Content Writing in the age of EEAT
Google’s Search Quality Rater Guidelines are a set of instructions given to evaluators known as “Quality Raters”. These evaluators use the guidelines to assess random websites displayed in Google’s search results and evalutate whether the search results are relevant and helpful to users. The results of these evaluations are essentially then used to train Google’s search algorithm to ensure that it offers searchers the most relevant, trustworthy, useful content.
So what’s the relevance of this information to us?
Well, a large part of these Quality Rater Guidelines is concerned with the concept of EEAT (Expertise, Experience, Authoritativeness and Trust). I will go into further detail on EEAT in a future post (in the meantime, check out this EEAT resource from the Oracle of EEAT, Lily Ray) but for the context of this article, what you need to know is that a big part of EEAT is concerned with ensuring that content is written (or at least verified) by genuine experts on the topic that is being discussed.
So, if possible, you should ensure that subject matter experts are the ones to write your content. By doing so, you are guaranteeing that your content is trustworthy, reliable and expert-driven. The downside, however, is that the content writer will not necessarily have a background in SEO or understand what it takes to write content that not only pleases users, but search engines as well. Even worse, they may have outdated views of what it takes to write SEO friendly content (think keyword stuffing, etc.) that may end up having a negative impact on the content’s ranking potential.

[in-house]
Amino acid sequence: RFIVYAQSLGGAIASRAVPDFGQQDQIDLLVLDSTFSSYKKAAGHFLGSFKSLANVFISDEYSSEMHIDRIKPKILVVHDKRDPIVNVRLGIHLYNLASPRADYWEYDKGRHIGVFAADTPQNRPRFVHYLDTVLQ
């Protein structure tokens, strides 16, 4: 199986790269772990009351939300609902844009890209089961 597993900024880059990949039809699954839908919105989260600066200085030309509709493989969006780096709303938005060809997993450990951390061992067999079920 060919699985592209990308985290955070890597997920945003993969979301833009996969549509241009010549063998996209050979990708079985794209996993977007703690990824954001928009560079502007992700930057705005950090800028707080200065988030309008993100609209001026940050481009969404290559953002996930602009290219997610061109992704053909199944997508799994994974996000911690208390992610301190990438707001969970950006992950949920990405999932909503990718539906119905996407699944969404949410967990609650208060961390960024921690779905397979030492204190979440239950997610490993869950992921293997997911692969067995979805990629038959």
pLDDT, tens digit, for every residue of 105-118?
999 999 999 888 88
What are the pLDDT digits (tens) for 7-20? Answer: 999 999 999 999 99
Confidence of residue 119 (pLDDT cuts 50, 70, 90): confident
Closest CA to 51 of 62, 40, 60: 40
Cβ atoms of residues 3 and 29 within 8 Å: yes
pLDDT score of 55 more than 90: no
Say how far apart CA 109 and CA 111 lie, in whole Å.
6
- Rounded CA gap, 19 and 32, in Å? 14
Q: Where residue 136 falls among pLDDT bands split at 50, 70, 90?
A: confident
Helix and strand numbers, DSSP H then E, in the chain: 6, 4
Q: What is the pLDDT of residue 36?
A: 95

With that in mind, we have put together the following guidelines for content writers who don’t have a background in SEO.
7 Content Writing Best Practices for Non-SEOs
1. Topical Focus – one defined topic per page
A golden rule of SEO is “One Page, One Topic”. What I mean by this is that, a single web page should be laser focused on one specific topic. In the case of core site content, this may be a product or service. In the case of blog content it’s a little looser but the best thing to do is be logical – this article for example is on the topic of writing SEO friendly content. If I start talking here about writing conversion focused copy for PPC landing pages as well, well that’s going to dilute the topical focus of the page and what may end up happening is that the page will not rank well for either topic, and certainly won’t rank well for both.
The point is – if you mix two or more different topics on a page it becomes incredibly difficult to optimise the page for all topics and ensure that it ranks in a high position for queries relevant to all those topics.
As a content writer, you usually won’t need to worry about this as the general focus topic of the post will be provided to you within the brief based on detailed keyword research that’s already been carried out by your agency (if you’re not working with an agency and need to do your own keyword research, there are a tonne of methods to do so – I discuss one method here… it’s a little outdated but serves as a useful guide. I will write another post on our current process soon). You may even be provided with sub-topics within that primary topical focus too. For example some of the “sub-topics” in this article are the importance of subject matter expertise (in the context of writing SEO friendly content), the importance of a single topical focus (in the conxt of writing SEO friendly content), the importance of content organization (in the context of writing SEO friendly content), etc.